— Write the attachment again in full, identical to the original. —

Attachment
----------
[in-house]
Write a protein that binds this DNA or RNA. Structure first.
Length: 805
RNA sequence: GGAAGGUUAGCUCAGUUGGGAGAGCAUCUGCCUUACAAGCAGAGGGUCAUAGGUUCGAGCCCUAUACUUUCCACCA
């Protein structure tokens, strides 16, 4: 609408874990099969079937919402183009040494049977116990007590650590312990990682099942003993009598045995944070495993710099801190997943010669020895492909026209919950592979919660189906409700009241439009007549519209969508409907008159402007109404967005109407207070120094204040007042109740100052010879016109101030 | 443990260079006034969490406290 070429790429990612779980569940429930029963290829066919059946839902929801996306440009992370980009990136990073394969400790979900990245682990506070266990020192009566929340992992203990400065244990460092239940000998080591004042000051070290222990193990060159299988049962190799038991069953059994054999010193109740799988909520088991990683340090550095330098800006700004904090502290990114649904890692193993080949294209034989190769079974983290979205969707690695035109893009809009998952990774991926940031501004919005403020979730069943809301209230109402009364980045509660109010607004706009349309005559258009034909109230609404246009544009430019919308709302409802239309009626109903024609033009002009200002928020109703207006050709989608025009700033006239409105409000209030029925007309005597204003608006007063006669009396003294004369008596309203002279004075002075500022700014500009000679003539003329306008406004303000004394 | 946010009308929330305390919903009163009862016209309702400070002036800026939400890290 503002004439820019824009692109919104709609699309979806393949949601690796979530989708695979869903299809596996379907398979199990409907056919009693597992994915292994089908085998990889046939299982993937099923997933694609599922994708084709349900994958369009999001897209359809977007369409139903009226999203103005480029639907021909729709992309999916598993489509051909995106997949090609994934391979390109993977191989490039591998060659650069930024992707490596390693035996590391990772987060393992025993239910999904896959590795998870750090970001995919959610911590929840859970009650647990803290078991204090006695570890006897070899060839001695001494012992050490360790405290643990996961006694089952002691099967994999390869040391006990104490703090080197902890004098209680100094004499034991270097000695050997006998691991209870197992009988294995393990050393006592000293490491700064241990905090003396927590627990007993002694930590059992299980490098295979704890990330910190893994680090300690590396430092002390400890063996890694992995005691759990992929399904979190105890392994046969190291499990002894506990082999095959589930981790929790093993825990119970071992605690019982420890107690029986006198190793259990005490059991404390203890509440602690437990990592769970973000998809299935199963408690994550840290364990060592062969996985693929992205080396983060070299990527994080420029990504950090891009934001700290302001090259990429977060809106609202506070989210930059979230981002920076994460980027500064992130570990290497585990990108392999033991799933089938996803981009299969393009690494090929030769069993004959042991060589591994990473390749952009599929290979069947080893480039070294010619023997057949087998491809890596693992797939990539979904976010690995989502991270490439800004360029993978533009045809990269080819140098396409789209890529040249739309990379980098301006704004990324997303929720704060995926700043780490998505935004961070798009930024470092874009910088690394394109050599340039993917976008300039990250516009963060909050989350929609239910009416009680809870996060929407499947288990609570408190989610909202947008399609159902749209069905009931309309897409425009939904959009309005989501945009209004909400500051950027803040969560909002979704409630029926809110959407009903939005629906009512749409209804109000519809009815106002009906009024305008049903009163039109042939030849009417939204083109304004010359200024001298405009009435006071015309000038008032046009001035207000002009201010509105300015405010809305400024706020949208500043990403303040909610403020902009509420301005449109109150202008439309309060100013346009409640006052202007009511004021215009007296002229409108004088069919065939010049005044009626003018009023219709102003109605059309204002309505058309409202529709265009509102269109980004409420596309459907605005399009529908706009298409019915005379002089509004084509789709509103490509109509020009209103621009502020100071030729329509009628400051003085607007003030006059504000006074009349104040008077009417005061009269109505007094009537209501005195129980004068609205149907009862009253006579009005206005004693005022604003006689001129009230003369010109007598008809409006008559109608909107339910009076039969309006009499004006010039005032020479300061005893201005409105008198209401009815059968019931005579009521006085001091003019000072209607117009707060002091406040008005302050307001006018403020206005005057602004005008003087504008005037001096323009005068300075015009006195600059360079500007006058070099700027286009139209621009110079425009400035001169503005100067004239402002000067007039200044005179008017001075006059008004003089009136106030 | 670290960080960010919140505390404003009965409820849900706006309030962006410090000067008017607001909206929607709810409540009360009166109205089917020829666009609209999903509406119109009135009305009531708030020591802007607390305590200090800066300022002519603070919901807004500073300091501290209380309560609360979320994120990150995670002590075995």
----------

[in-house]
Write a protein that binds this DNA or RNA. Structure first.
Length: 805
RNA sequence: GGAAGGUUAGCUCAGUUGGGAGAGCAUCUGCCUUACAAGCAGAGGGUCAUAGGUUCGAGCCCUAUACUUUCCACCA
């Protein structure tokens, strides 16, 4: 609408874990099969079937919402183009040494049977116990007590650590312990990682099942003993009598045995944070495993710099801190997943010669020895492909026209919950592979919660189906409700009241439009007549519209969508409907008159402007109404967005109407207070120094204040007042109740100052010879016109101030 | 443990260079006034969490406290 070429790429990612779980569940429930029963290829066919059946839902929801996306440009992370980009990136990073394969400790979900990245682990506070266990020192009566929340992992203990400065244990460092239940000998080591004042000051070290222990193990060159299988049962190799038991069953059994054999010193109740799988909520088991990683340090550095330098800006700004904090502290990114649904890692193993080949294209034989190769079974983290979205969707690695035109893009809009998952990774991926940031501004919005403020979730069943809301209230109402009364980045509660109010607004706009349309005559258009034909109230609404246009544009430019919308709302409802239309009626109903024609033009002009200002928020109703207006050709989608025009700033006239409105409000209030029925007309005597204003608006007063006669009396003294004369008596309203002279004075002075500022700014500009000679003539003329306008406004303000004394 | 946010009308929330305390919903009163009862016209309702400070002036800026939400890290 503002004439820019824009692109919104709609699309979806393949949601690796979530989708695979869903299809596996379907398979199990409907056919009693597992994915292994089908085998990889046939299982993937099923997933694609599922994708084709349900994958369009999001897209359809977007369409139903009226999203103005480029639907021909729709992309999916598993489509051909995106997949090609994934391979390109993977191989490039591998060659650069930024992707490596390693035996590391990772987060393992025993239910999904896959590795998870750090970001995919959610911590929840859970009650647990803290078991204090006695570890006897070899060839001695001494012992050490360790405290643990996961006694089952002691099967994999390869040391006990104490703090080197902890004098209680100094004499034991270097000695050997006998691991209870197992009988294995393990050393006592000293490491700064241990905090003396927590627990007993002694930590059992299980490098295979704890990330910190893994680090300690590396430092002390400890063996890694992995005691759990992929399904979190105890392994046969190291499990002894506990082999095959589930981790929790093993825990119970071992605690019982420890107690029986006198190793259990005490059991404390203890509440602690437990990592769970973000998809299935199963408690994550840290364990060592062969996985693929992205080396983060070299990527994080420029990504950090891009934001700290302001090259990429977060809106609202506070989210930059979230981002920076994460980027500064992130570990290497585990990108392999033991799933089938996803981009299969393009690494090929030769069993004959042991060589591994990473390749952009599929290979069947080893480039070294010619023997057949087998491809890596693992797939990539979904976010690995989502991270490439800004360029993978533009045809990269080819140098396409789209890529040249739309990379980098301006704004990324997303929720704060995926700043780490998505935004961070798009930024470092874009910088690394394109050599340039993917976008300039990250516009963060909050989350929609239910009416009680809870996060929407499947288990609570408190989610909202947008399609159902749209069905009931309309897409425009939904959009309005989501945009209004909400500051950027803040969560909002979704409630029926809110959407009903939005629906009512749409209804109000519809009815106002009906009024305008049903009163039109042939030849009417939204083109304004010359200024001298405009009435006071015309000038008032046009001035207000002009201010509105300015405010809305400024706020949208500043990403303040909610403020902009509420301005449109109150202008439309309060100013346009409640006052202007009511004021215009007296002229409108004088069919065939010049005044009626003018009023219709102003109605059309204002309505058309409202529709265009509102269109980004409420596309459907605005399009529908706009298409019915005379002089509004084509789709509103490509109509020009209103621009502020100071030729329509009628400051003085607007003030006059504000006074009349104040008077009417005061009269109505007094009537209501005195129980004068609205149907009862009253006579009005206005004693005022604003006689001129009230003369010109007598008809409006008559109608909107339910009076039969309006009499004006010039005032020479300061005893201005409105008198209401009815059968019931005579009521006085001091003019000072209607117009707060002091406040008005302050307001006018403020206005005057602004005008003087504008005037001096323009005068300075015009006195600059360079500007006058070099700027286009139209621009110079425009400035001169503005100067004239402002000067007039200044005179008017001075006059008004003089009136106030 | 670290960080960010919140505390404003009965409820849900706006309030962006410090000067008017607001909206929607709810409540009360009166109205089917020829666009609209999903509406119109009135009305009531708030020591802007607390305590200090800066300022002519603070919901807004500073300091501290209380309560609360979320994120990150995670002590075995």